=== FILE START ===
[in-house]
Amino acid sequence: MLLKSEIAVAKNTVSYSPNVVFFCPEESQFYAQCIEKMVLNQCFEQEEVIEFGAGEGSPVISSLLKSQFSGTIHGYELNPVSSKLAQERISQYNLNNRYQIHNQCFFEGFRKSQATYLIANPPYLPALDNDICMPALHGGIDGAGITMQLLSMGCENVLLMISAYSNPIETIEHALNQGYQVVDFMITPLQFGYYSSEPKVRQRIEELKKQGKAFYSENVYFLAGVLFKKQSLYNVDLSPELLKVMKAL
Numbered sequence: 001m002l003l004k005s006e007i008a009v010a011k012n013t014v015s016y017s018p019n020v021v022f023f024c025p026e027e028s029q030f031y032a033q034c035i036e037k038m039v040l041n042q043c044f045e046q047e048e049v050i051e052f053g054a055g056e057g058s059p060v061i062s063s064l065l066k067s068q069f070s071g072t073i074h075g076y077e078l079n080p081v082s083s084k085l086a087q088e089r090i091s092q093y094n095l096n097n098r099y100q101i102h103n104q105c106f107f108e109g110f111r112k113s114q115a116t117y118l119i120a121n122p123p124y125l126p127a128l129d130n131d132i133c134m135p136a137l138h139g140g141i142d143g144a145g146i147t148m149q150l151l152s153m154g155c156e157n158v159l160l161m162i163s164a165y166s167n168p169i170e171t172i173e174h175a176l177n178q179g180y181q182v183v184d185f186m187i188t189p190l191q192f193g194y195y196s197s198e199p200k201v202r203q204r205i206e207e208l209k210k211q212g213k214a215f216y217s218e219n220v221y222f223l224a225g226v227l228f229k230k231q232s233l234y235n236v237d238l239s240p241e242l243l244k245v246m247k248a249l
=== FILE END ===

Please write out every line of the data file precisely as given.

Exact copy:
[in-house]
Amino acid sequence: MLLKSEIAVAKNTVSYSPNVVFFCPEESQFYAQCIEKMVLNQCFEQEEVIEFGAGEGSPVISSLLKSQFSGTIHGYELNPVSSKLAQERISQYNLNNRYQIHNQCFFEGFRKSQATYLIANPPYLPALDNDICMPALHGGIDGAGITMQLLSMGCENVLLMISAYSNPIETIEHALNQGYQVVDFMITPLQFGYYSSEPKVRQRIEELKKQGKAFYSENVYFLAGVLFKKQSLYNVDLSPELLKVMKAL
Numbered sequence: 001m002l003l004k005s006e007i008a009v010a011k012n013t014v015s016y017s018p019n020v021v022f023f024c025p026e027e028s029q030f031y032a033q034c035i036e037k038m039v040l041n042q043c044f045e046q047e048e049v050i051e052f053g054a055g056e057g058s059p060v061i062s063s064l065l066k067s068q069f070s071g072t073i074h075g076y077e078l079n080p081v082s083s084k085l086a087q088e089r090i091s092q093y094n095l096n097n098r099y100q101i102h103n104q105c106f107f108e109g110f111r112k113s114q115a116t117y118l119i120a121n122p123p124y125l126p127a128l129d130n131d132i133c134m135p136a137l138h139g140g141i142d143g144a145g146i147t148m149q150l151l152s153m154g155c156e157n158v159l160l161m162i163s164a165y166s167n168p169i170e171t172i173e174h175a176l177n178q179g180y181q182v183v184d185f186m187i188t189p190l191q192f193g194y195y196s197s198e199p200k201v202r203q204r205i206e207e208l209k210k211q212g213k214a215f216y217s218e219n220v221y222f223l224a225g226v227l228f229k230k231q232s233l234y235n236v237d238l239s240p241e242l243l244k245v246m247k248a249l